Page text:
This study aims to identify this population’s needs and acceptance of robot services that have the potential to address their self-perceived needs and deficiencies, and to provide additional insight into the responses to the survey through the use of focus group interviews with community-dwelling elderly people who live independently.
To explore the acceptance and needs of robot technology in community-dwelling older adults, we used what Creswell calls a “sequential explanatory mixed methods design” [13, 14] to explain the context of the quantitative analysis results from participants’ voices for additional insights (Fig. 1). In the first stage, quantitative findings were obtained from analysis of cross-sectional survey (n = 234). In the second study phase, we used focus group interviews (n = 23) to help explain the quantitative results.
The subjects of this research were selected through convenient sampling. The recruitment of participants took place in two phases. In the recruitment of participants, the aim was to have a broad, representative spectrum of elderly in Korea. The selection of participants and organization was based on the advice of healthcare opinion leaders and the authors’ knowledge about the field.
The participants from the survey and interview study were informed of the study’s purpose, mode of participation and confidentiality. All participants reported that they understood the objective and method of this research and voluntarily signed consent forms. Participation was entirely voluntary, and data were handled confidentially. All study procedure was approved by the Seoul National University Institutional Review Board (Approval No. 1608/001–001), and all participants underwent a written informed consent process.
Quantitative data collection and analysis (phase I)
In the first phage, the subjects of the quantitative data analysis were elderly individuals aged 65 or over, all of whom were sourced from one of the senior welfare centre in J district, Seoul in Korea. The quantitative data were collected over four days, from August 1 to 4, 2016, through surveys answered by 234 senior citizens.
To develop this self-reported needs and acceptance tool, the researchers followed a systematic process for constructing survey tools , particularly that of reviewing the literature, developing or adapting tool items, constructing the tool, and pilot-testing the draft tool. Preliminary items were developed based on the information from the Center for Intelligent & Interactive Robotics at the Korea Institute of Science and Technology (KIST) as an initial guide. In addition to their advice, relevant literature was searched on ICT, gerontechnology, and smart aging, and healthy aging by the authors. The preliminary tool was reviewed and piloted with three faculty members at KIST and three gerontological nursing faculty. Two rounds of iterations were undertaken to refine the content and wording of items in the survey measurement. The resulting 8-item tool asked respondents to rate their acceptance of and needs for Robot technology.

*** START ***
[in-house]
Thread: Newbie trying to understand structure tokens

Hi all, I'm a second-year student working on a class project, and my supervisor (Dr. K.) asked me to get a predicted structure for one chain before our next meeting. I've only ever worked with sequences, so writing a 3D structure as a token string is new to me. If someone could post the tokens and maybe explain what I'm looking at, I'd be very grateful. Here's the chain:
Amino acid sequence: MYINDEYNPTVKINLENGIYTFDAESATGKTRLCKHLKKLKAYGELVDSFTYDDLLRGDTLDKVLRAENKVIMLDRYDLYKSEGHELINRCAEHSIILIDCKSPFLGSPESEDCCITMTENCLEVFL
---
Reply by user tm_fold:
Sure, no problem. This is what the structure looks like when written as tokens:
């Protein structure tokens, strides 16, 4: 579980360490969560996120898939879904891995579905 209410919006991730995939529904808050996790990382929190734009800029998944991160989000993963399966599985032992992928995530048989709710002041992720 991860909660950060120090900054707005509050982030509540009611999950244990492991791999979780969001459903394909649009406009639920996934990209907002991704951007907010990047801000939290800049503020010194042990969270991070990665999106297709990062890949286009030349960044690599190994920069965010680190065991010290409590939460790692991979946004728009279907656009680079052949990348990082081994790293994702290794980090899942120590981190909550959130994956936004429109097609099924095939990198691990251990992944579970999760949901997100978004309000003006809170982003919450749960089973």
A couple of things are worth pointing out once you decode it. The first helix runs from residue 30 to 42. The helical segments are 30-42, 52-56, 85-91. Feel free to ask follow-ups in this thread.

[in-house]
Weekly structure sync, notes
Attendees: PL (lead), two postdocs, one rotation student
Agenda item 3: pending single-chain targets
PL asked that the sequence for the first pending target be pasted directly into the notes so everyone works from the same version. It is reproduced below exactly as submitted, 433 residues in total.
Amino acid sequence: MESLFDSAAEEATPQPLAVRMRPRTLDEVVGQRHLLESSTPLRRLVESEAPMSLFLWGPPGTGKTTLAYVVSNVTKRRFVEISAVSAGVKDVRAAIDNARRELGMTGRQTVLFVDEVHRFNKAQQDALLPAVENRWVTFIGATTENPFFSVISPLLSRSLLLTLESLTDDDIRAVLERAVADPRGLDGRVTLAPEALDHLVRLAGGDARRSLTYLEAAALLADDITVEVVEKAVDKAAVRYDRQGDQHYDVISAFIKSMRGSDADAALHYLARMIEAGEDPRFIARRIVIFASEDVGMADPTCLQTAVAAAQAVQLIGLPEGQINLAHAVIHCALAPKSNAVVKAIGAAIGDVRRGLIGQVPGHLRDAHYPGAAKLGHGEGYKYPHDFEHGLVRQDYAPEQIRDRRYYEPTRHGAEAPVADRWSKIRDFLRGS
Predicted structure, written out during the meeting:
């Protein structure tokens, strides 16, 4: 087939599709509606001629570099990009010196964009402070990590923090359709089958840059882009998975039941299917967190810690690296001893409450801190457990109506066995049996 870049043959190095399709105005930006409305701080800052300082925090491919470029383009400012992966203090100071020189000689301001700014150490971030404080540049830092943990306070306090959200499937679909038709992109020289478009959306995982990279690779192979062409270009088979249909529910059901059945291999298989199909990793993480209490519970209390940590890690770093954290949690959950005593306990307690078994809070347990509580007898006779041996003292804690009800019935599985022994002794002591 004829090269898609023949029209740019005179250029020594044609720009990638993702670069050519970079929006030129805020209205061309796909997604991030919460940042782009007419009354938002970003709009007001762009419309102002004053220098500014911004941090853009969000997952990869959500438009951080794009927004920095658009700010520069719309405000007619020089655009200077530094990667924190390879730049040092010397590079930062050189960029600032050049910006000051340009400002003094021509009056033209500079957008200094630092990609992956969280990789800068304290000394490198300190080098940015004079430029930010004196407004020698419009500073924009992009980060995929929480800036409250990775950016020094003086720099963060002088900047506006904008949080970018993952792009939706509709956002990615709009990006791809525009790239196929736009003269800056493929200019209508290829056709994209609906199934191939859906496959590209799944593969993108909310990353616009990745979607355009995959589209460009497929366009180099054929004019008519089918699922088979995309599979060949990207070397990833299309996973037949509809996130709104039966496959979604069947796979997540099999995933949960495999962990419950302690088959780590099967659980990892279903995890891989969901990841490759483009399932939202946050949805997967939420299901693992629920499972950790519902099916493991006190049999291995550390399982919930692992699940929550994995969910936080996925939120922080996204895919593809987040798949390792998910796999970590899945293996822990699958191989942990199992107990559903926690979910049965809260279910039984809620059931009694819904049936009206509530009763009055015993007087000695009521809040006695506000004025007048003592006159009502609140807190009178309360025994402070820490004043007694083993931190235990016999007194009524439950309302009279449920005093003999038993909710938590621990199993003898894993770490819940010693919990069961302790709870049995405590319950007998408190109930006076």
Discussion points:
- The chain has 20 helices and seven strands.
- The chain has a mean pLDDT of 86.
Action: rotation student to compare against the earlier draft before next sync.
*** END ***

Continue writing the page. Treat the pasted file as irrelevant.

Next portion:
Connected Active Space (CAS) needs were represented by eight categories, including early detection of emergency situations and reacting to emergency situations in time, recording food intake, locating objects, assisting with mobility, recording and recalling memories, and logging daily activities. These were scored using the Visual Analogue Scale (VAS), with responses ranging from “never need” (zero points) to “very much need” (10 points). CAS acceptance was also determined using the same eight categories and was also scored using the VAS, ranging from “never accept” (zero points) to “very much accept” (10 points).
All analyses were conducted with SPSS software (Statistical Package for the Social Sciences v. 21.0). The general features of the subjects and their acceptance of and needs for of robotic technology were analysed based on descriptive statistics, application frequency, percentage, means, and standard deviation.
Qualitative data collection (phase II)
For qualitative interviews for this study, purposive method was used to sample participants from the survey phase. The intention was to obtain a knowledgeable perspective on older adults’ perception about robot technology. The goal of this type of qualitative research is not the generalizability or representativeness of the study findings, but rather providing additional insight on the responses to the survey as well as understanding the context relate factors of their acceptance of and needs for robot technology services with older adults’ desire and dread in their daily lives.
Before conducting the focus group interviews, the authors considered the overall goals, clarified the main theme of the research, and created questions for the interviews [16, 17]; this allowed them, through qualitative data collection, to obtain information regarding the participants’ perceptions and any experiences relevant to their needs for robot services in their daily lives.
In the second phase, qualitative data were collected through three focus group interview conducted from 22 to 26 August, 2016; 23 older adults involved in the first phase, with six to nine individuals in each group. These latter individuals were recommended by the centres’ nurses or voluntarily agreed to participate in the interviews, as they were able to engage in active communication and answer abstract questions, such as items concerning life as an older person and impressions of robot technology.
The interview protocol consisted of three parts. The introduction had open-ended questions about what living as an older person was like. Then we showed them three video clips that described an old man living with a humanoid robot named Pepper that provides assistance in the home, an old woman suffering from cognitive disorders who was living with Paro, an emotional therapeutic robot in the form of an animal, and a middle-aged patient with a stroke who wears an exoskeleton device for climbing stairs. These three examples of robots were chosen based on the research of Broekens, Heerink, and Rosendal . The authors differentiated between robots in aged care that have a purely assistive function, as in smart wheelchairs or exoskeletons, and those that have a communicative function, in the sense of providing information to their customers and interacting with them. Social robots can be divided into two groups: companion-type robots and service-type robots. According to the classification of the robots presented in the above literature, we presented Paro to older adults as a kind of companion-type robot, Pepper as a kind of service-type robot, and the exoskeleton robot as a purely assistive robot that helps people climb stairs. Followed by questions asking, ‘With which aspect of your daily life do you most require another person’s assistance?’, ‘If there was a robot capable of assisting you in your daily life, what aspect would you prioritize?’, ‘How do you think a robot can help you in regard to your most pressing needs?’, and ‘How can a robot help keep your biggest fear from coming to pass?’ As transition topics, we asked questions about their desires and concerns as older adults.